Hypocrisy

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Hypocrisy

See also Pretension.
Alceste
judged most social behavior as hypocritical. [Fr. Lit.: Le Misanthrope]
Ambrosio
self-righteous abbot of the Capuchins at Madrid. [Br. Lit.: Ambrosio, or The Monk]
Angelo
externally austere but inwardly violent. [Br. Lit.: Measure for Measure]
Archimago
enchanter, disguised as hermit, wins confidence of Knight. [Br. Lit.: Faerie Queene]
Arsinoé
false prude. [Fr. Lit.: The Misanthrope]
Atar Gul
trusted domestic; betrays those he serves. [Fr. Lit.: Atar Gul, Walsh Modern, 32]
Bigotes
12th-century French order regarded as hypocritical. [Fr. Hist.: Espy, 99]
Blifil
Allworthy’s nephew; talebearer and consummate pietist. [Br. Lit.: Tom Jones]
Blood, Col. Thomas
(1628–1680) false in honor and religion. [Br. Lit.: Peveril of the Peak, Walsh Modern, 61]
Boulanger, Ralph
Emma’s lover pretends repentance to avoid commitment. [Fr. Lit.: Madame Bovary]
Boynton, Egeria
religious charlatan. [Am. Lit.: Undiscovered Country]
Buncombe County
insincere speeches made solely to please this constituency by its representative, 1819–1821. [Am. Usage: Misc.]
Célimène
ridicules people when absent; flatters them when present. [Fr. Lit.: Le Misanthrope]
Cantwell, Dr.
lives luxuriously by religious cant. [Br. Lit.: The Hypocrite, Brewer Handbook, 175]
Chadband, Rev.
pharisaic preacher; thinks he’s edifying his hearers. [Br. Lit.: Bleak House]
Christian, Edward
conspirator; false to everyone. [Br. Lit.: Peveril of the Peak, Walsh Modern, 96]
crocodile tears
crocodile said to weep after devouring prey. [Western Folklore: Jobes, 383; Mercatante, 9–10]
Dimmesdale, Arthur
acted the humble minister for seven years while former amour suffered. [Am. Lit.: The Scarlet Letter]
Gallanbiles, the
pretend piety on Sabbath but demand dinner. [Br. Lit.: Nicholas Nickleby]
Gantry, Elmer
ranting preacher succumbs to alcohol, fornication, theft, and cowardice. [Am. Lit.: Elmer Gantry]
Gashford
humble manner masks sly, shirking character. [Br. Lit.: Barnaby Rudge]
Goneril and Regan
to inherit their father’s possessions they falsely profess great love for him. [Br. Drama: Shakespeare King Lear]
Haskell, Eddie
gentleman with adults, troublemaker behind their backs. [TV: “Leave it to Beaver” in Terrace, II, 18–19]
Heep, Uriah
the essence of insincerity. [Br. Lit.: David Copperfield]
Honeythunder, Luke
his philanthropy hid animosity. [Br. Lit.: Edwin Drood]
Manders
self-righteous pastor agrees to blackmail. [Nor. Lit.: Ghosts]
Martext, Sir Oliver
a “most vile” hedge-priest. [Br. Lit.: As You Like It]
Mawworm
sanctimonious preacher. [Br. Lit.: The Hypocrite, Brewer Handbook, 687]
Mr. By-ends
embraces religion when it is easy to practice and to his advantage. [Br. Lit.: Bunyan Pilgrim’s Progress]
newspeak
official speech of Oceania; language of contradictions. [Br. Lit.: 1984]
Pecksniff
pretentious, unforgiving architect of double standards. [Br. Lit.: Martin Chuzzlewit]
Pharisees
sanctimonious lawgivers do not practise what they preach. [N.T.: Matthew 3:7; 23:1–15; Luke 18:9–14]
Potemkin village
false fronts constructed to deceive. [Russ. Hist.: Espy, 339]
Sainte Nitouche
sanctimonious and pretentious person (Fr. n’y touche). [Fr. Usage: Brewer Dictionary, 760]
Snawley
sanctimonious hypocrite; placed stepsons in Dotheboys Hall. [Br. Lit.: Nicholas Nickleby]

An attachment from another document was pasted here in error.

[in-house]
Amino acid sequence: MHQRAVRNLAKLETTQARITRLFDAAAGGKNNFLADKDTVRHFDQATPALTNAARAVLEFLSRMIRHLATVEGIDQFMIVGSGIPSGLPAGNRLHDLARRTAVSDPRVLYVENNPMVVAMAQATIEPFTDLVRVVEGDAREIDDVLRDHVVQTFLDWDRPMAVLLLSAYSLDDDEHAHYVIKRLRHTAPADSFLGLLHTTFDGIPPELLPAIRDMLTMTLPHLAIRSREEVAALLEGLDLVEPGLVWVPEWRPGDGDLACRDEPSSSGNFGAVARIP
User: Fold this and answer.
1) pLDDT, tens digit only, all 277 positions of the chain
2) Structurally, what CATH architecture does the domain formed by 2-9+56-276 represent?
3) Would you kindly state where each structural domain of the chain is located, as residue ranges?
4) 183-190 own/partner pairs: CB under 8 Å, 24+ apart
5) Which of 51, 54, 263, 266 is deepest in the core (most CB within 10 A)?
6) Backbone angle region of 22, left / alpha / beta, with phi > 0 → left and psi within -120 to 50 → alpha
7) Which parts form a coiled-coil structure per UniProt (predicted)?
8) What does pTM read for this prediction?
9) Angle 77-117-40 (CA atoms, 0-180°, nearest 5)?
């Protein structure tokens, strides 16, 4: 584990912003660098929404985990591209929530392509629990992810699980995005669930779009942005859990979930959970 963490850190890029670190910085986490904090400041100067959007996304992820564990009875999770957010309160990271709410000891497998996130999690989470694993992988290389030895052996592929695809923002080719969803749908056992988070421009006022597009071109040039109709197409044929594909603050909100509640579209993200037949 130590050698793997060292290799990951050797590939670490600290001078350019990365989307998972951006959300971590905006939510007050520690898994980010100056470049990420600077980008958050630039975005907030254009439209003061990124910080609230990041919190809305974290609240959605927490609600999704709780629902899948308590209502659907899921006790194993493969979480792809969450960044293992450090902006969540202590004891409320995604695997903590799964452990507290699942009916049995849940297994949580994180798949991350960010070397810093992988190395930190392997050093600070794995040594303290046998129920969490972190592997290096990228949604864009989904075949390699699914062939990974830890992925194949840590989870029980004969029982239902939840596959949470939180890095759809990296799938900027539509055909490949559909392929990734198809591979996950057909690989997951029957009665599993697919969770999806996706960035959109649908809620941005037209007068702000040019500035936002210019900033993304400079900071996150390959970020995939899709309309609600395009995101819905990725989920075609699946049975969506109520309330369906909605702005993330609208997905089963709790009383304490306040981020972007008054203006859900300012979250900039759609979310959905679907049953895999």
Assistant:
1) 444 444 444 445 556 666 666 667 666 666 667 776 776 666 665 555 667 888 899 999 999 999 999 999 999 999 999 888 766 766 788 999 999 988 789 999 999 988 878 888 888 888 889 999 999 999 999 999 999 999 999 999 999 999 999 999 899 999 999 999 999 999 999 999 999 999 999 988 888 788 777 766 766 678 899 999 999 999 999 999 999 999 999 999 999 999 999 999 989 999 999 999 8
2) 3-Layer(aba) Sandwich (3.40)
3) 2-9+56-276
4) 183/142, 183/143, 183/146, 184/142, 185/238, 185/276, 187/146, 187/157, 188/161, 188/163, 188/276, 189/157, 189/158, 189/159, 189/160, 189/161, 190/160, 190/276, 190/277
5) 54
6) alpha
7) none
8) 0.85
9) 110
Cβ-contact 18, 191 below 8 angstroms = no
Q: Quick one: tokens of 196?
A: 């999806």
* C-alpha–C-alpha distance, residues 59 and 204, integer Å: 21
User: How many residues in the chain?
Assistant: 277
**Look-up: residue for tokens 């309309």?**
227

Square, Mr.
Tom’s tutor; spouts hypocritically about the beauty of virtue. [Br. Lit.: Tom Jones]
Surface, Joseph
pays lip service to high principles while engaging in treacherous intrigues. [Br. Drama: Sheridan The School for Scandal]
Tartuffe
swindles benefactor by pretending religious piety. [Fr. Lit.: Tartuffe]
Vicar of Bray
changes religious affiliation to suit reigning monarch. [Br. Folklore: Walsh Classical, 61]
Walrus
wept in sympathy for the oysters he and the Carpenter devoured. [Br. Lit.: Lewis Carroll Through the Looking-Glass]
Whelp, the
nickname for hypocritical Tom Gradgrind. [Br. Lit.: Hard Times]
whited sepulchres
analogy in Jesus’s denunciation of Pharisees’ sanctimony. [N.T.: Matthew 23:27]
References in periodicals archive ?
First, these cases involve a characteristic sort of mismatch between an agent's behavior and their pronouncements; the hypocrite expresses an unfavorable moral opinion of some action, and is then caught performing that very same action.
This week, when he Tweeted This intention to sue The Sun on Sunday for its reporting on his personal life, and pledged to give the money to campaigns for New Era tenants and the Hillsborough campaign, they hit back with an article: 20 reasons why Russell Brand is R the Biggest Hypocrite in H Britain.
What a hypocrite The Sun must think Al Gore is for fighting melting ice caps even though he isn't a polar bear.
I was not going to play the hypocrite or act like a footballer and I was delighted to swap shirts with Chris afterwards.
John Terry has branded Craig Bellamy a hypocrite following the Welshman's critical comments regarding his alleged affair with Wayne Bridge's former partner.
The hypocrites set some conditions for this job and asked that the US and others remove their name from the black list," Ejeie said.
There's nothing more horrifying than a lesbian vegetarian hypocrite.
Mr Grayling said it was time to expose Mr Brown for what he was - "A hypocrite who makes grand announcements but buries the bad news in the small print".
This is similar to how Hunter S Thompson addressed the confusing behavior of the Hell's Angels: how exactly can a person be a hypocrite if they are consumed by a culture that reflects nothing moral?
Before saying any such things, however, I must humbly and honestly admit that I am the supreme hypocrite.
Readers may also dislike Francine for a multitude of things--such as being a hypocrite and never clearly conveying her messages.
Kate "Love the hypocrite, hate the hypocrisy" Clinton is a humorist.